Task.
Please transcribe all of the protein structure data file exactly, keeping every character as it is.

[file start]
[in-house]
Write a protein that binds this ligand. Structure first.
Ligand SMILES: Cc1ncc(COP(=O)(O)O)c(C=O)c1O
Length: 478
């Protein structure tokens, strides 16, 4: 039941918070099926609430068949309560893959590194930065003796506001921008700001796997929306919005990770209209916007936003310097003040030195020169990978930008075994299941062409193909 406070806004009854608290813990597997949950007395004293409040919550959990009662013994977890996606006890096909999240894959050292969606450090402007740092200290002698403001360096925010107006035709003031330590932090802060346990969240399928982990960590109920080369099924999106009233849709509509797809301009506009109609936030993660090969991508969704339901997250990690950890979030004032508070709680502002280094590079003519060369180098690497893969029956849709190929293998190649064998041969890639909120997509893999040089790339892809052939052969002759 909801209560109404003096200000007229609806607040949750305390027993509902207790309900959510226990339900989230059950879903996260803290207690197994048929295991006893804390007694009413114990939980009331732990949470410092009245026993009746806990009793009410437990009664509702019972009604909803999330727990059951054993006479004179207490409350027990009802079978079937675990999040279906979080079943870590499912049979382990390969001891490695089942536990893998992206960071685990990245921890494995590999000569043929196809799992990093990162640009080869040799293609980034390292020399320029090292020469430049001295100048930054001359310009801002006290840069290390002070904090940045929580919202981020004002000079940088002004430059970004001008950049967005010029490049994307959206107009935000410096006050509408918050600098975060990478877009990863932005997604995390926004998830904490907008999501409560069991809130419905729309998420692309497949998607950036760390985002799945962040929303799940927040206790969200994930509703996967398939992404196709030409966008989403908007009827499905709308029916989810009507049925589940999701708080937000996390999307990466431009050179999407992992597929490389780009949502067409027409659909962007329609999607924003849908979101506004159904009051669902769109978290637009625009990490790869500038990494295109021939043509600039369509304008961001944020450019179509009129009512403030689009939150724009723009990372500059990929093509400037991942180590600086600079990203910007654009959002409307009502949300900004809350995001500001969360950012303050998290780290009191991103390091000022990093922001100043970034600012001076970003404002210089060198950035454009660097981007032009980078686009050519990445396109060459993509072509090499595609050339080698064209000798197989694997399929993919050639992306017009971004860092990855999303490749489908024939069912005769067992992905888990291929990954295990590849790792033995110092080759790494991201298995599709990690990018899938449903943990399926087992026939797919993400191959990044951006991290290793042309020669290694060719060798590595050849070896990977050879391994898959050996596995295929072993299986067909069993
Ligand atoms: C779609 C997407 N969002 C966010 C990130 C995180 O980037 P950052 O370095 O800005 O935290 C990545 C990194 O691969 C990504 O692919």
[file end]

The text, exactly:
[in-house]
Write a protein that binds this ligand. Structure first.
Ligand SMILES: Cc1ncc(COP(=O)(O)O)c(C=O)c1O
Length: 478
């Protein structure tokens, strides 16, 4: 039941918070099926609430068949309560893959590194930065003796506001921008700001796997929306919005990770209209916007936003310097003040030195020169990978930008075994299941062409193909 406070806004009854608290813990597997949950007395004293409040919550959990009662013994977890996606006890096909999240894959050292969606450090402007740092200290002698403001360096925010107006035709003031330590932090802060346990969240399928982990960590109920080369099924999106009233849709509509797809301009506009109609936030993660090969991508969704339901997250990690950890979030004032508070709680502002280094590079003519060369180098690497893969029956849709190929293998190649064998041969890639909120997509893999040089790339892809052939052969002759 909801209560109404003096200000007229609806607040949750305390027993509902207790309900959510226990339900989230059950879903996260803290207690197994048929295991006893804390007694009413114990939980009331732990949470410092009245026993009746806990009793009410437990009664509702019972009604909803999330727990059951054993006479004179207490409350027990009802079978079937675990999040279906979080079943870590499912049979382990390969001891490695089942536990893998992206960071685990990245921890494995590999000569043929196809799992990093990162640009080869040799293609980034390292020399320029090292020469430049001295100048930054001359310009801002006290840069290390002070904090940045929580919202981020004002000079940088002004430059970004001008950049967005010029490049994307959206107009935000410096006050509408918050600098975060990478877009990863932005997604995390926004998830904490907008999501409560069991809130419905729309998420692309497949998607950036760390985002799945962040929303799940927040206790969200994930509703996967398939992404196709030409966008989403908007009827499905709308029916989810009507049925589940999701708080937000996390999307990466431009050179999407992992597929490389780009949502067409027409659909962007329609999607924003849908979101506004159904009051669902769109978290637009625009990490790869500038990494295109021939043509600039369509304008961001944020450019179509009129009512403030689009939150724009723009990372500059990929093509400037991942180590600086600079990203910007654009959002409307009502949300900004809350995001500001969360950012303050998290780290009191991103390091000022990093922001100043970034600012001076970003404002210089060198950035454009660097981007032009980078686009050519990445396109060459993509072509090499595609050339080698064209000798197989694997399929993919050639992306017009971004860092990855999303490749489908024939069912005769067992992905888990291929990954295990590849790792033995110092080759790494991201298995599709990690990018899938449903943990399926087992026939797919993400191959990044951006991290290793042309020669290694060719060798590595050849070896990977050879391994898959050996596995295929072993299986067909069993
Ligand atoms: C779609 C997407 N969002 C966010 C990130 C995180 O980037 P950052 O370095 O800005 O935290 C990545 C990194 O691969 C990504 O692919």